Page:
Mayor Marion Barry, responding to viewers' questions on a televised call-in program last night, described the District governmant as one with limited resources and a limited ability to solve the city's problems.

Barry said the city's shortage of low-cost housing, the needs of elderly persons living on fixed incomes and even the city's own worsening budget crisis were issues over which his administration does not have full control.

The mayor's remarks came at the Northwest Washington studios of WJLA (TV-7) before a studio audience of 35 persons. Another 175 persons watched the broadcast from Logan School at Third and G streets NE, and 180 others tried to phone in questions.

After several questions about housing and the administration's efforts to stem the flight of middle-class blacks to the suburbs, Barry said the problem was beyond the District government's reach.

"These problems will not be solved by this government itself," he said. "I'm not ever going to say this administration can build enough housing to take care of our needs."

Barry said the city would need "tremendous assistance from the federal government" to rehabilitate and subsidize housing.

An elderly woman reminded Barry that "we need food to live in these houses" and asked what the government was doing to help senior citizens living on fixed incomes.

After listing programs which included meals for the elderly and more convenience in obtaining food stamps, Barry told the woman, "We don't have enough resources in my view to take care of all your needs."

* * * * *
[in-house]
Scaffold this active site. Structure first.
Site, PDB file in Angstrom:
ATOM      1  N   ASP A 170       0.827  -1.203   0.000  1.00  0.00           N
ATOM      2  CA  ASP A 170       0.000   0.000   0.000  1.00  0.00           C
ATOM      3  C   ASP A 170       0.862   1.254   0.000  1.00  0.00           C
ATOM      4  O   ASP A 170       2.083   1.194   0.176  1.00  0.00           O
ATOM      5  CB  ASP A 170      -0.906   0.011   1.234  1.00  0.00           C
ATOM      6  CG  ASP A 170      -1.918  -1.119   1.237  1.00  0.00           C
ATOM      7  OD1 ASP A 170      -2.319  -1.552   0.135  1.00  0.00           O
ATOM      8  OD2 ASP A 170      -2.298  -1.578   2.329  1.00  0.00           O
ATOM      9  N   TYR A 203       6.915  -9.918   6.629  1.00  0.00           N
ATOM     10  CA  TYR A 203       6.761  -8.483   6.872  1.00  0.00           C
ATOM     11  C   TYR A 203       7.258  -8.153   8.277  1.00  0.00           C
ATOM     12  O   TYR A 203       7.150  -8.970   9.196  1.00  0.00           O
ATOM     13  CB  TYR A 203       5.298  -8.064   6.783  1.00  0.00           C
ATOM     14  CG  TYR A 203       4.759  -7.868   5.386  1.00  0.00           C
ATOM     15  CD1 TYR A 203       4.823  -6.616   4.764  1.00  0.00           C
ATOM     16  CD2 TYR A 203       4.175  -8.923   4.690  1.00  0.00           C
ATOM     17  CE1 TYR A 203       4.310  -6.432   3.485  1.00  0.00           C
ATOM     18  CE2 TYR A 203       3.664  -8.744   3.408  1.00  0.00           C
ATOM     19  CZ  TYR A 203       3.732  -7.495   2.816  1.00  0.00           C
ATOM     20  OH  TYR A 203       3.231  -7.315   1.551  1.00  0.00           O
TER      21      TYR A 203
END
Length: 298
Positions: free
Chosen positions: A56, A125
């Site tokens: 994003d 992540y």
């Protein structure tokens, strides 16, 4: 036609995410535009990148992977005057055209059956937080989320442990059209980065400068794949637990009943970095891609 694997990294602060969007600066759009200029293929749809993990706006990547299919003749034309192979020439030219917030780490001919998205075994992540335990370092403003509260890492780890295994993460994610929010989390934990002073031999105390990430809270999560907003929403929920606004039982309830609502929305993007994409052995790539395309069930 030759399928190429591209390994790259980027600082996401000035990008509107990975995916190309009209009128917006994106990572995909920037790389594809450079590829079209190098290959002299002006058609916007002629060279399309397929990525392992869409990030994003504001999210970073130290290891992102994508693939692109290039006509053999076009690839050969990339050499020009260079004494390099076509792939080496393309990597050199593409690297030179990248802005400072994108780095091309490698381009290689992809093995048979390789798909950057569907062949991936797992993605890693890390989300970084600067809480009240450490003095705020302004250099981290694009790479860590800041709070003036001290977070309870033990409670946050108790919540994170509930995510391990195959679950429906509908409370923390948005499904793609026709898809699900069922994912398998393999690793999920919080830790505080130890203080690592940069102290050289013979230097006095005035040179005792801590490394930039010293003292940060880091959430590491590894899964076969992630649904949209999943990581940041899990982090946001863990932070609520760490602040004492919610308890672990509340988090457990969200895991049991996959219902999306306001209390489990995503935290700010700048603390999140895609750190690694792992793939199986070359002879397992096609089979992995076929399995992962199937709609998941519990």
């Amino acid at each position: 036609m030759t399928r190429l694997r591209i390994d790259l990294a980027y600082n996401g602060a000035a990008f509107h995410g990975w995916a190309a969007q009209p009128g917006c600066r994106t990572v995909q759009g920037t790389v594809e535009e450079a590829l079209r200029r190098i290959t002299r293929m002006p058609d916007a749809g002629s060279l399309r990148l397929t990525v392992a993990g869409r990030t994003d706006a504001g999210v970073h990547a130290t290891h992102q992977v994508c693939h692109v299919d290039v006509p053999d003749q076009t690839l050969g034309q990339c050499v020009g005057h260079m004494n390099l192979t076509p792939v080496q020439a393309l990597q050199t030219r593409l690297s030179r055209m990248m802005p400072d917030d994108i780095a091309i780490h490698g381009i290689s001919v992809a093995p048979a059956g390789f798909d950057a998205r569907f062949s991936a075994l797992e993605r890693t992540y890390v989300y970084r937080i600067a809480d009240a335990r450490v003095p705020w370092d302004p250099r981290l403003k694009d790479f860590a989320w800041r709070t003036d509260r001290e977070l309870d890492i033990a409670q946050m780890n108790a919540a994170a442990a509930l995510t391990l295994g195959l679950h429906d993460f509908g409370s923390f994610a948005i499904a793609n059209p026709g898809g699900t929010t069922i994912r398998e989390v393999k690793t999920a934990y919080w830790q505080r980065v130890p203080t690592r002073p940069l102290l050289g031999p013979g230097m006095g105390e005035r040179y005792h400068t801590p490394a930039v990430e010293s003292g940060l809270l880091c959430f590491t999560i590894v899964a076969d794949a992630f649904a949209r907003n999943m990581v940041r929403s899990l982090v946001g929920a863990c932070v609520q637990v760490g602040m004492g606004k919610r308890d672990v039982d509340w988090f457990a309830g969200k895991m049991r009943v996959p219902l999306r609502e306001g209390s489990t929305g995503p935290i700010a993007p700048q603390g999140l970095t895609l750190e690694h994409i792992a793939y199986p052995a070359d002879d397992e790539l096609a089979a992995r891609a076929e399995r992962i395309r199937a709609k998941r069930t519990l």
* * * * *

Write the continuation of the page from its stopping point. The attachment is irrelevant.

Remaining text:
Discussing the budget crisis, Barry again called for outside assistance, blaming the Congress for not approving a sufficiently high federal payment for the District. He said the federal government has "some responsibility" for the city's fiscal problems, and also laid some blame on the administration of former Mary Walter Washington.

Barry declined to comment when asked yesterday about the decision of House-Senate conferees to give the city a supplemental federal payment of $38.3 million -- substantially less than the $61.8 requested by Barry.

The mayor, maintaining his public hands-off position, declined to tell one caller whether he favors a city lottery as a revenue producing measure.

Barry also defended the city's beleagured summer jobs program for youths, saying a decrease in the number of available jobs -- about 2,000 fewer than last year -- on poor response from the business community.

Barry defended his 6 percent tax on gasoline, a revenue-raising measure passed by the City Council this week, as a fuel conservation measure. "It doesn't make any sense that on the one hand you're spending $54 million (in Metro subsidies) for public transportation and on the other hand you're not doing anything to discourage the use of the car," he said.